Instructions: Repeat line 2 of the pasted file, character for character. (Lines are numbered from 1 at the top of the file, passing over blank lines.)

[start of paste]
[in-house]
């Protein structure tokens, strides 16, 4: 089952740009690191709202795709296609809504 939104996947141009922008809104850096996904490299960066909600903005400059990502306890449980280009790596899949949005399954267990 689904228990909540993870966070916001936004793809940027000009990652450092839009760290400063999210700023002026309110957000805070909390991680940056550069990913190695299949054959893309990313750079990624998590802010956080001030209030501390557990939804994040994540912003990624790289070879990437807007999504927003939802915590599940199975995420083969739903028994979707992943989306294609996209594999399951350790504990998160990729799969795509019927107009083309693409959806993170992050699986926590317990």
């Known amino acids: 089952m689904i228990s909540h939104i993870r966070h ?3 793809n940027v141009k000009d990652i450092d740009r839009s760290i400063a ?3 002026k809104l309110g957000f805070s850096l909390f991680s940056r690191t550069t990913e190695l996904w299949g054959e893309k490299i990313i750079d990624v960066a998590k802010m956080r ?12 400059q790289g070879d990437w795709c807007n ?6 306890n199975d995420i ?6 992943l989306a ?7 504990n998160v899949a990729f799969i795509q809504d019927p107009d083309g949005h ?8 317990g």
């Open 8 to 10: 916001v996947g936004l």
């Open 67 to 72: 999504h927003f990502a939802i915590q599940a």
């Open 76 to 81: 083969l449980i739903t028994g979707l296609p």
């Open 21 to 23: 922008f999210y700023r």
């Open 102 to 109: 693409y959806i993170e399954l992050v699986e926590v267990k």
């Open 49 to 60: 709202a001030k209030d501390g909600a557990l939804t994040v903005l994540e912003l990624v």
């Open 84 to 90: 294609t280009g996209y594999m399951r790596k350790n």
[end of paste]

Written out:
């Protein structure tokens, strides 16, 4: 089952740009690191709202795709296609809504 939104996947141009922008809104850096996904490299960066909600903005400059990502306890449980280009790596899949949005399954267990 689904228990909540993870966070916001936004793809940027000009990652450092839009760290400063999210700023002026309110957000805070909390991680940056550069990913190695299949054959893309990313750079990624998590802010956080001030209030501390557990939804994040994540912003990624790289070879990437807007999504927003939802915590599940199975995420083969739903028994979707992943989306294609996209594999399951350790504990998160990729799969795509019927107009083309693409959806993170992050699986926590317990």